S John Lynch is one of many blitz options for the Buccaneer defense
Before sending 80 players off on a four-day holiday weekend last Thursday, Tampa Bay Buccaneers Head Coach Tony Dungy persuaded his charges to enjoy themselves but be cautious. When they got back to work on Tuesday, though, they got blitzed.
At least the quarterbacks did. The Bucs spent a bulk of their 90-minute Tuesday practice on installing the defense's blitz package. At the same time, the offense worked on how to pick up the extra rushers. That sent a lot of players in motion in many directions but, by all accounts, the practice remained crisp despite the forced anarchy.
"We worked on blitz period today for the offense and defense," said Dungy when the session concluded around noon. "It's always tough because you've got new assignments and a lot of things happening, but we like to get to them and get them on tape so we can make our corrections. It was a good day."
While the drill was meant to improve both sides of the ball, it was hard not to focus on the defense as blitzers kept coming from different angles. The Bucs, and for that matter much of the NFL, has increasingly fleshed out the blitz package in recent seasons, so it is not uncommon to see any of the back seven joining the defensive line in a rush to the backfield. Contact is barred during these NFL-sanctioned summer workouts, so blitzes never actually end in sacks. Nevertheless, it appeared as if several of the Bucs' blitzes hit the mark, including an early rush by strong safety John Lynch.
The Bucs remained among the league's elite teams in terms of defense in 1999, but there are still several facets the team would like to improve on, including sacks and takeaways. The blitz is one way to accomplish that.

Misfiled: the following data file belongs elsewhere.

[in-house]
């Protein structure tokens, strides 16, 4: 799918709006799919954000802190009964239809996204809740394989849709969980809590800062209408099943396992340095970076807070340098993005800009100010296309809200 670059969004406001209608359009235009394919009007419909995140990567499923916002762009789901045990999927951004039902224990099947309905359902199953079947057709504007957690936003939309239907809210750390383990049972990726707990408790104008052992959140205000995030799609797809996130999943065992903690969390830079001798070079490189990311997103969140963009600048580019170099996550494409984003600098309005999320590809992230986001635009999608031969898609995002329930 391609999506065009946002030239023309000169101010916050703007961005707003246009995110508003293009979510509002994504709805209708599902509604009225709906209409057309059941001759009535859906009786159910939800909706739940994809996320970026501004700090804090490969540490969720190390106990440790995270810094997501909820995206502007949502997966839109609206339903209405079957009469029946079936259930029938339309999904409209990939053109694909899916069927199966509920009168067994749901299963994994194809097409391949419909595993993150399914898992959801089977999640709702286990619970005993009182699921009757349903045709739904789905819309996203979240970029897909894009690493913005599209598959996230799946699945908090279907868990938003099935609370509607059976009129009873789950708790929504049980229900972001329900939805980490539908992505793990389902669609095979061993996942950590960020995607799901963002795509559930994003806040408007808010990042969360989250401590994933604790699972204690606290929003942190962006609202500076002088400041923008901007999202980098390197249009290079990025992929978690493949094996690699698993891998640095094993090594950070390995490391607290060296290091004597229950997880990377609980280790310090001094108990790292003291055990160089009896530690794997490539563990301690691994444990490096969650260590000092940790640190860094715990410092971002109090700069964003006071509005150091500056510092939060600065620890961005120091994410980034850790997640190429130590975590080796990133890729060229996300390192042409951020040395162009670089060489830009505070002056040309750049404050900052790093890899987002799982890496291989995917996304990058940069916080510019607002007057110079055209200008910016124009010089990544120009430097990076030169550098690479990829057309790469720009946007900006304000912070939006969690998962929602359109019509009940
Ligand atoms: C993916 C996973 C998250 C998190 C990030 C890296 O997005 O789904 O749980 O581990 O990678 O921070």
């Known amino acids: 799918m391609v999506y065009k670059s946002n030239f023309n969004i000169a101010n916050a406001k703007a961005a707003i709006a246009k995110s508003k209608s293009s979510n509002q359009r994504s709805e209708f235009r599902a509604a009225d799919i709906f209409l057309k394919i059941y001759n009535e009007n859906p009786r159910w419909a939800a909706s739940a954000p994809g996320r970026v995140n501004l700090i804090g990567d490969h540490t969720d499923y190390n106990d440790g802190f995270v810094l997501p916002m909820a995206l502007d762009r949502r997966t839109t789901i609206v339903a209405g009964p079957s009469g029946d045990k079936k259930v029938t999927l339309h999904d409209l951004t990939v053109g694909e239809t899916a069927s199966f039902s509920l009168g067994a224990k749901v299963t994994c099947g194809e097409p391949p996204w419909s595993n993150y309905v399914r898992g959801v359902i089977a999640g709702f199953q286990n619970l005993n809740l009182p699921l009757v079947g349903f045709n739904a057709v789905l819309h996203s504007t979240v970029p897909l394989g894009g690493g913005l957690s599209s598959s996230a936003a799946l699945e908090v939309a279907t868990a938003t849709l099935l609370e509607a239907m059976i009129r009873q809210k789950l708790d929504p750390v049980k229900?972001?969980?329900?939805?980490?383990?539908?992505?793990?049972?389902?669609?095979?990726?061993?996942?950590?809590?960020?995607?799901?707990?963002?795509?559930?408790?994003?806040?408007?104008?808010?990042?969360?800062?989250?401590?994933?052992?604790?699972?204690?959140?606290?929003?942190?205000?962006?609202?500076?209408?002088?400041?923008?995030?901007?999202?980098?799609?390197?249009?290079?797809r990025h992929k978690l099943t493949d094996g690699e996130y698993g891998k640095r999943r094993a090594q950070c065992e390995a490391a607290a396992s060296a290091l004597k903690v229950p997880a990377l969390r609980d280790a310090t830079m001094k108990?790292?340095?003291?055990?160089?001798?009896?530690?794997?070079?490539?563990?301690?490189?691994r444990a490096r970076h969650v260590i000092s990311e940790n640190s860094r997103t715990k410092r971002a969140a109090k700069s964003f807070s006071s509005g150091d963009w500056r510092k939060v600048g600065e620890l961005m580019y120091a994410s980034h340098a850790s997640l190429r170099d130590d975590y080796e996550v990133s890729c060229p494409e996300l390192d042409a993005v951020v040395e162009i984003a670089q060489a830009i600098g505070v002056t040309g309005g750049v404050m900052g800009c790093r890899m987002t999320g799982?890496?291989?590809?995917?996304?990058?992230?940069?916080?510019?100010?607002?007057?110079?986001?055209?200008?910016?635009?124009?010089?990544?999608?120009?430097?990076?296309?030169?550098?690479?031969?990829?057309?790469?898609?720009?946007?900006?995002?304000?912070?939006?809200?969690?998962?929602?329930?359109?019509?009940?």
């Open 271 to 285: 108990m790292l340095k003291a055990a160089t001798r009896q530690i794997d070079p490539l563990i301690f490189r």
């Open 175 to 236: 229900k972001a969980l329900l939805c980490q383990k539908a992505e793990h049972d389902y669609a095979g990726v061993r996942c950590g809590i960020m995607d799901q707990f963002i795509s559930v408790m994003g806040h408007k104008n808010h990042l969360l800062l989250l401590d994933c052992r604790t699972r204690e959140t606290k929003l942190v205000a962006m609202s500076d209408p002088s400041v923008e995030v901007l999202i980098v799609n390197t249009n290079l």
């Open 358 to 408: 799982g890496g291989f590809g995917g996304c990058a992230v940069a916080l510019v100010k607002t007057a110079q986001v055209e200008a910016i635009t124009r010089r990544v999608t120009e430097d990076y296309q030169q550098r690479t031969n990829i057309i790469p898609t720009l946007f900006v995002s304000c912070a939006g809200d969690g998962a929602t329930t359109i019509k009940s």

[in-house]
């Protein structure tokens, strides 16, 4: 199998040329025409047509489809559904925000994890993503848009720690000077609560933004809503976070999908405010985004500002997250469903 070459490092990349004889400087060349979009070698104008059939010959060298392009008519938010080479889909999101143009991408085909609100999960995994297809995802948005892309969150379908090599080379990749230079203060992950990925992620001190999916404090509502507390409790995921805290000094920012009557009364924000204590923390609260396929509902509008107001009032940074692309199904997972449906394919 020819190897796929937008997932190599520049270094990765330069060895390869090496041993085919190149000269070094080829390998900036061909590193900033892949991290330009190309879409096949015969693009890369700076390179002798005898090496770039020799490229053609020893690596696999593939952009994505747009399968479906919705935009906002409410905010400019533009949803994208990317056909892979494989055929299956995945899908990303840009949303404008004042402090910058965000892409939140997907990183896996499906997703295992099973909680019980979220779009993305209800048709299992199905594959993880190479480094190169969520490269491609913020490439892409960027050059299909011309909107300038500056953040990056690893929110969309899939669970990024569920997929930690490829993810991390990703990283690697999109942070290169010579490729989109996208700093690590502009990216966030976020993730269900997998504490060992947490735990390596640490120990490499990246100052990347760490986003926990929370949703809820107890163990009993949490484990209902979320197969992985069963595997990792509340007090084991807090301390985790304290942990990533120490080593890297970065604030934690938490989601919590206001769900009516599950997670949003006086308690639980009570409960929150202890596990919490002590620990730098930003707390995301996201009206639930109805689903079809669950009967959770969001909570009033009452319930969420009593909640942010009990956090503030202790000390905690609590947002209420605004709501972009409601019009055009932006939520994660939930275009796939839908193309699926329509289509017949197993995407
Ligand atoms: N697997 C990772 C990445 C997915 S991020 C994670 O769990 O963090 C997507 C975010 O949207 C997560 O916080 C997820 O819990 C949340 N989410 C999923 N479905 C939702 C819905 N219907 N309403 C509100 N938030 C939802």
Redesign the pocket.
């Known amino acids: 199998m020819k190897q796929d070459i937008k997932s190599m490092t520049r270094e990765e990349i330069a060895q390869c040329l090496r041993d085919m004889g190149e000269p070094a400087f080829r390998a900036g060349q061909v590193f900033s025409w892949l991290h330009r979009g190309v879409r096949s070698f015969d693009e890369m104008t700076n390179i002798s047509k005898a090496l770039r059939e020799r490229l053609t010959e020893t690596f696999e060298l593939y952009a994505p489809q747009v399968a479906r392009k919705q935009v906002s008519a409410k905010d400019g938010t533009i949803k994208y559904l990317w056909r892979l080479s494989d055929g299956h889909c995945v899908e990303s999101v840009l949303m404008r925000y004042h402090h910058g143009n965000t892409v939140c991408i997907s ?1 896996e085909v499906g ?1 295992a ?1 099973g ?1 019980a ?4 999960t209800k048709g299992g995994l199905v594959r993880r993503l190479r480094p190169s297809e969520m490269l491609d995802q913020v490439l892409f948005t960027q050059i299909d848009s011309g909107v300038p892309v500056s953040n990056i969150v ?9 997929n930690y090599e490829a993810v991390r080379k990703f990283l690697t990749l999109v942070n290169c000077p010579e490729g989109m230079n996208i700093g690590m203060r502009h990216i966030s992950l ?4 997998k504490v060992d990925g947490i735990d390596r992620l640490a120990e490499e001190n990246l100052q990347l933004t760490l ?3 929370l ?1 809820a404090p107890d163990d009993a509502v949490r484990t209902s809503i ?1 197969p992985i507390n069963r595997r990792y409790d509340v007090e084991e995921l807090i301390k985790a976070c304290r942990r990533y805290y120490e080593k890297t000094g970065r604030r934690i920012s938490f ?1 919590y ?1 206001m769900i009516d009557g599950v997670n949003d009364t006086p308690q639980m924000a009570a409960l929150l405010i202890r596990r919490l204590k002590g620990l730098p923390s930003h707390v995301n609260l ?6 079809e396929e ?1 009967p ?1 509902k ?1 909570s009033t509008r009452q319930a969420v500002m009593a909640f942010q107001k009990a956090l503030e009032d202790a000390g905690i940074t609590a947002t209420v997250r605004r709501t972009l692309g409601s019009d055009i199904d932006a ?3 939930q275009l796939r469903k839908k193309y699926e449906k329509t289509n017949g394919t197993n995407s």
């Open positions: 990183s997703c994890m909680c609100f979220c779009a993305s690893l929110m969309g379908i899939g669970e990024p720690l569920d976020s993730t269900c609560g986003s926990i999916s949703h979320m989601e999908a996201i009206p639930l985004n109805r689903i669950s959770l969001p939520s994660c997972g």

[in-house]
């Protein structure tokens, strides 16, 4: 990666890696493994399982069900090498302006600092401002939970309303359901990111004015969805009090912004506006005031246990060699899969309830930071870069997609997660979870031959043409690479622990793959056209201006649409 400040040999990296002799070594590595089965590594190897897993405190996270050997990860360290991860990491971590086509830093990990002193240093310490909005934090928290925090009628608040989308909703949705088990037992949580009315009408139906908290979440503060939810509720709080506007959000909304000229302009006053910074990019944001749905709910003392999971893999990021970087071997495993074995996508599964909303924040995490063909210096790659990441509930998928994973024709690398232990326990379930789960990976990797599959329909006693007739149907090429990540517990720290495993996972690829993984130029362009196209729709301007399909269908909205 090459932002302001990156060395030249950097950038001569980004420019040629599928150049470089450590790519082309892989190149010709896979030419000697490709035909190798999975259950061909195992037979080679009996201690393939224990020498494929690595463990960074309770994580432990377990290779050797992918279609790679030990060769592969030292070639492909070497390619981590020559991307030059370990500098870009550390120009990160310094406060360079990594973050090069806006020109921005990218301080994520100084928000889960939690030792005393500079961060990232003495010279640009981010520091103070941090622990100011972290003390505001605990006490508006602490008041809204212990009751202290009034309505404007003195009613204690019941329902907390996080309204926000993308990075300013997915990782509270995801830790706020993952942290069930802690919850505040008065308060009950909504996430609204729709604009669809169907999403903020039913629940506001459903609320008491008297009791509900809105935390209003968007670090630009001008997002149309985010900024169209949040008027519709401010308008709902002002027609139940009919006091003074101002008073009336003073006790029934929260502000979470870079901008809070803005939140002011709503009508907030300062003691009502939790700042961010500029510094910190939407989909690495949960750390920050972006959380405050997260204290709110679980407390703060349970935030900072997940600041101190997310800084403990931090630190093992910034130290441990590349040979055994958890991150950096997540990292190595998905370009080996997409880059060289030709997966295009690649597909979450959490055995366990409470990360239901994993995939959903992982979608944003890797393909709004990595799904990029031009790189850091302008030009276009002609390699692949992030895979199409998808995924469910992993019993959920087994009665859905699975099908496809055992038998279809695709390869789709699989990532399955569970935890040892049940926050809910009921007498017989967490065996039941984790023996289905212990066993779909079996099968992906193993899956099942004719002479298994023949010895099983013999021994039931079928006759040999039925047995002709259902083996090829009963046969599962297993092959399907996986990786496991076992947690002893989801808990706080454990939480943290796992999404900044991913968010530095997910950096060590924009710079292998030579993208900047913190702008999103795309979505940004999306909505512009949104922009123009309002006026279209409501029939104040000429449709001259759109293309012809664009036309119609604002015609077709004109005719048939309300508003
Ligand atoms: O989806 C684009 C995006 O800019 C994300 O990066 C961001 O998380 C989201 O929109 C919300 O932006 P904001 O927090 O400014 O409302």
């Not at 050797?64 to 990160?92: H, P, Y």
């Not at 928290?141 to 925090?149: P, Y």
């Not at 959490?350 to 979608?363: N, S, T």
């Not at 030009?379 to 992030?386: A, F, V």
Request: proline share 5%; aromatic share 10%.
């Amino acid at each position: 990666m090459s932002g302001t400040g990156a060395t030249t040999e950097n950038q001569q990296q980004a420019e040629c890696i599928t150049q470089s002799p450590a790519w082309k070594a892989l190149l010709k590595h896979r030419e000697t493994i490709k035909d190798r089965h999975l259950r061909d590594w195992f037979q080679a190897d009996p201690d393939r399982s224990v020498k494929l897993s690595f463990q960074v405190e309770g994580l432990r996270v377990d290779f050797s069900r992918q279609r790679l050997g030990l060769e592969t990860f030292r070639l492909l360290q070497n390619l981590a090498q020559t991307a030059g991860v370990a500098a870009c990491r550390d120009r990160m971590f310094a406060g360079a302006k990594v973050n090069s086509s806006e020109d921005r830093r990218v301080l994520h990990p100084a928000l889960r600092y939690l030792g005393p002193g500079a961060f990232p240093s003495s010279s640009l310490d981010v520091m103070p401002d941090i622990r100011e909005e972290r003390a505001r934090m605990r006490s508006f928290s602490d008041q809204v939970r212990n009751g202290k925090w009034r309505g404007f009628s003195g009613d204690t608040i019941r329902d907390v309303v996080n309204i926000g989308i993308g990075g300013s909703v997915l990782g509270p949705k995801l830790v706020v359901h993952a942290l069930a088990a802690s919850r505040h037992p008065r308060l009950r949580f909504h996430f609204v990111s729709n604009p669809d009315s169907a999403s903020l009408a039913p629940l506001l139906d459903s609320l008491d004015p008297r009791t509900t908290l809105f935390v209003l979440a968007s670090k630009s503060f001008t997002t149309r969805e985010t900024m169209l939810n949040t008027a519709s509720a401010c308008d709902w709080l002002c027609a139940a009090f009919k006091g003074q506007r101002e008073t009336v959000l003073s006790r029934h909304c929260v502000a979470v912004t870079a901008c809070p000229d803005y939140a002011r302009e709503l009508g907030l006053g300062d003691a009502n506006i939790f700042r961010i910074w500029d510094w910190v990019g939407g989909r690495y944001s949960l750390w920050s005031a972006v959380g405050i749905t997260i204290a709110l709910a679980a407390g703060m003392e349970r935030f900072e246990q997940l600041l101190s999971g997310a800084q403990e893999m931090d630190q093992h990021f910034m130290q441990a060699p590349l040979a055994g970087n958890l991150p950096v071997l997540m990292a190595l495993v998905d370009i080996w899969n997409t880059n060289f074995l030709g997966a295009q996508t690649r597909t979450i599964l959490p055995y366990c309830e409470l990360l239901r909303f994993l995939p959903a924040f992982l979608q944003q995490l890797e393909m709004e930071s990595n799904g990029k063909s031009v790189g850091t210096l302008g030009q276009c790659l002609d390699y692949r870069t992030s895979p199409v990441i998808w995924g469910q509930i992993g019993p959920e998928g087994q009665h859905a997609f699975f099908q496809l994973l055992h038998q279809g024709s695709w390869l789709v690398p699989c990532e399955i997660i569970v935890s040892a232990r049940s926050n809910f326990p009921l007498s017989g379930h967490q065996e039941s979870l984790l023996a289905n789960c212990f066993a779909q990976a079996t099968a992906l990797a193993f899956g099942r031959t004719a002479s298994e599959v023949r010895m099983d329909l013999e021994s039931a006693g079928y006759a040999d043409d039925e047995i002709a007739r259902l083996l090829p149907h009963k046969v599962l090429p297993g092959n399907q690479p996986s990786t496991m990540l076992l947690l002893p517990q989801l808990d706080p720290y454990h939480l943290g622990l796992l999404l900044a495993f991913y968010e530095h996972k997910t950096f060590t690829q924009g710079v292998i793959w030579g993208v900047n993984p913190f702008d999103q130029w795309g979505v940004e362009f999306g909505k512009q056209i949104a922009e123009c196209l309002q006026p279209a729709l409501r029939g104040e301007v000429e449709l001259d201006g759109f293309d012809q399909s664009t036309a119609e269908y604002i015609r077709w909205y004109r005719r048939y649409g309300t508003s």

"Defensively, I know our guys felt that we got off to a slow start in the turnover department (in 1999)," said Dungy. "By the second half of the year we were getting them, but we want to start off that way (in 2000). We also want to limit some of the big plays we gave up early in the year. We think we can still improve in all facets of our game."
Those who chose to focus on the offense – and the Bucs' reworked attack has certainly been the main focus of these workouts – noticed repeated short passes during today's drills. That was due in part to the efforts of quarterbacks Shaun King, Eric Zeier and Joe Hamilton to counteract the blitz. "That was part of it," said Dungy, "and part of it was an offense working on their quick game these first couple of days. What you see is what they're working on that particular day."
That focus meant several quick slants and seam routes for the receivers during the team workout, but earlier, during the individual drills, the wideouts ran a wide variety of patterns. On one deep crossing route, newly-acquired WR Keyshawn Johnson made a catch near the far sideline but did not immediately return to the huddle afterward. Johnson stayed on the sideline and attended to a back injury, which Head Trainer Todd Toriscelli quickly diagnosed as a muscle spasm.
Buc fans need not worry. "No, he's fine," said Dungy. "In fact, if it was a normal game-week practice, he would have been practicing."
Johnson remained with the team on the field for the rest of the workout and spoke to reporters afterwards with ease. He is likely to return on Wednesday when the Bucs move into the ninth of their 14 allotted summer practices. If the Bucs' three QBs are once again subjected to a blitzing Tampa Bay defense, they would certainly welcome Johnson's help.